If your network devices require connectivity with devices in networks for which you do not control name assignment, you can assign device names that uniquely identify your devices within the entire internetwork using the domain name server (DNS). DNS uses a hierarchical scheme for establishing host names for network nodes, which allows local control of the segments of the network through a client-server scheme. The DNS system can locate a network device by translating the host name of the device into its associated IP address.
On the Internet, a domain is a portion of the naming hierarchy tree that refers to general groupings of networks based on organization type or geography. Domain names are pieced together with periods (.) as the delimiting characters. For example, Cisco is a commercial organization that the Internet identifies by a com domain, so its domain name is cisco.com. A specific host name in this domain, the File Transfer Protocol (FTP) system, for example, is identified as ftp.cisco.com.
Name servers keep track of domain names and know the parts of the domain tree for which they have complete information. A name server may also store information about other parts of the domain tree. To map domain names to IP addresses in Cisco NX-OS, you must first identify the host names, then specify a name server, and enable the DNS service.
Cisco NX-OS allows you to statically map IP addresses to domain names. You can also configure Cisco NX-OS to use one or more domain name servers to find an IP address for a host name.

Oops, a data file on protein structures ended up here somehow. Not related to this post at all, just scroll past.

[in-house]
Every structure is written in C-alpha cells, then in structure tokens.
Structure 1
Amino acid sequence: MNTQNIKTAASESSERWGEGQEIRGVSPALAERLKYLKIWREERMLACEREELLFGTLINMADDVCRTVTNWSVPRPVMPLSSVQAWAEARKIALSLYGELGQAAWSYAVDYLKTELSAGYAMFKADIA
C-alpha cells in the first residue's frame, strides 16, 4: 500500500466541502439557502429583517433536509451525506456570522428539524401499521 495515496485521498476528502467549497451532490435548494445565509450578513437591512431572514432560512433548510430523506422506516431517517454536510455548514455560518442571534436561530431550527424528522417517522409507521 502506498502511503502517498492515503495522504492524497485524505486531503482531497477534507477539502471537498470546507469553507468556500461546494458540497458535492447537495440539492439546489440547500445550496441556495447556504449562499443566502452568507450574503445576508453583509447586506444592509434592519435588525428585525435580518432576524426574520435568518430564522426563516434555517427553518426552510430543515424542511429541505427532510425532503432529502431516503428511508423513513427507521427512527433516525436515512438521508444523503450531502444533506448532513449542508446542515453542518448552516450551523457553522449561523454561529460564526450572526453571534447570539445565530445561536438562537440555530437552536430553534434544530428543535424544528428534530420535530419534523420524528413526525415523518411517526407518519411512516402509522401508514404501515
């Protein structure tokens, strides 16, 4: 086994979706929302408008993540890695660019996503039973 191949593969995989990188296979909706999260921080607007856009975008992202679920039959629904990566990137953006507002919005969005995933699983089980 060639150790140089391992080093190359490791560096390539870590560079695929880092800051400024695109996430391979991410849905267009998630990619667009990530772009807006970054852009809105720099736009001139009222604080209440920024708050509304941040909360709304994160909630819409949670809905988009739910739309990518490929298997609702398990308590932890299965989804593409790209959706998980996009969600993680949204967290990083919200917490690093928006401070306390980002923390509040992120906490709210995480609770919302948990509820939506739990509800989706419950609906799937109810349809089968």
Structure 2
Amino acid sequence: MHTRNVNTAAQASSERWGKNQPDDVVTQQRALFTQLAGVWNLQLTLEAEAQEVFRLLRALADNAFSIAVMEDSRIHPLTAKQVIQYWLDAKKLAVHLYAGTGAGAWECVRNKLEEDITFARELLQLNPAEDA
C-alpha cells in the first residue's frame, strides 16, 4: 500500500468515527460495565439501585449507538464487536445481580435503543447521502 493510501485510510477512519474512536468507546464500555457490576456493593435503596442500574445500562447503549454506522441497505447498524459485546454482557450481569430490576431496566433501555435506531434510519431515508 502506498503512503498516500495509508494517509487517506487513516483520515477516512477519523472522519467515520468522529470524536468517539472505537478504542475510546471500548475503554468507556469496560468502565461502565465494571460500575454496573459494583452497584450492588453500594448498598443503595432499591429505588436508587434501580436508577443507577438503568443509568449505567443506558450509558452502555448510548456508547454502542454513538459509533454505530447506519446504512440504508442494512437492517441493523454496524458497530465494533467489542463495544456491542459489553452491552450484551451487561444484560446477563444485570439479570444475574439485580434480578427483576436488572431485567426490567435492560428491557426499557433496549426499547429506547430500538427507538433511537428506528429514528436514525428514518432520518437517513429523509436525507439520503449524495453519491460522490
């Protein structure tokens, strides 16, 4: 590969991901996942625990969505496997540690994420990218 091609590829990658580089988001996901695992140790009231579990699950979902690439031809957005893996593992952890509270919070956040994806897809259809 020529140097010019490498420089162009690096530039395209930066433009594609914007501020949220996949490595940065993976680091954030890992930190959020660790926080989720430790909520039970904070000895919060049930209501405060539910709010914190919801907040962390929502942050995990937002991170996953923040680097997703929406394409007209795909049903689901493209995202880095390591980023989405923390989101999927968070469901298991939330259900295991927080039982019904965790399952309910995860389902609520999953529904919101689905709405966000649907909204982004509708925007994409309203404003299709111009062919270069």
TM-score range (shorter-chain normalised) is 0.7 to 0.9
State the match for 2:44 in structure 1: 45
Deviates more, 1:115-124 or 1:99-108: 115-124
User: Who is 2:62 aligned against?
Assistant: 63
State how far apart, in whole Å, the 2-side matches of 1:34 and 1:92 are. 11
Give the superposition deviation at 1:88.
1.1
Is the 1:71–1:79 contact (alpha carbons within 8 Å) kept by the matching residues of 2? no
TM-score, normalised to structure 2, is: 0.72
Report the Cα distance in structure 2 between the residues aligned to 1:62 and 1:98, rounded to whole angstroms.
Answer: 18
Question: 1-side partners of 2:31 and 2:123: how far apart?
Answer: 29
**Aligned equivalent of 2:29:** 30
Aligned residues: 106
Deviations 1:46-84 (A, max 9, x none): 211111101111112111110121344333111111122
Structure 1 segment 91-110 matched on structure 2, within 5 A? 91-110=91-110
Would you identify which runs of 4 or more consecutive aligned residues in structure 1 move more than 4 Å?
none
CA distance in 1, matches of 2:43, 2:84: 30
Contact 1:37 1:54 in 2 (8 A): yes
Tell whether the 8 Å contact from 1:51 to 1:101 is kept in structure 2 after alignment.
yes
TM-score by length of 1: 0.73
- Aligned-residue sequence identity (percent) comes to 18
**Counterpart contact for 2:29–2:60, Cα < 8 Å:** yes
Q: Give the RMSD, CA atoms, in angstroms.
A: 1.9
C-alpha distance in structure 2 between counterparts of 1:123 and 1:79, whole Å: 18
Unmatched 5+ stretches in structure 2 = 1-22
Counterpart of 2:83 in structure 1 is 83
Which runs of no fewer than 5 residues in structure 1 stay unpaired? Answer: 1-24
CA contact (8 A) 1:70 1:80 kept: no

A name server handles client-issued queries to the DNS server for locally defined hosts within a particular zone as follows:
An authoritative name server responds to DNS user queries for a domain name that is under its zone of authority by using the permanent and cached entries in its own host table. If the query is for a domain name that is under its zone of authority but for which it does not have any configuration information, the authoritative name server simply replies that no such information exists.
A name server that is not configured as the authoritative name server responds to DNS user queries by using information that it has cached from previously received query responses. If no router is configured as the authoritative name server for a zone, queries to the DNS server for locally defined hosts will receive nonauthoritative responses.
Name servers answer DNS queries (forward incoming DNS queries or resolve internally generated DNS queries) according to the forwarding and lookup parameters configured for the specific domain.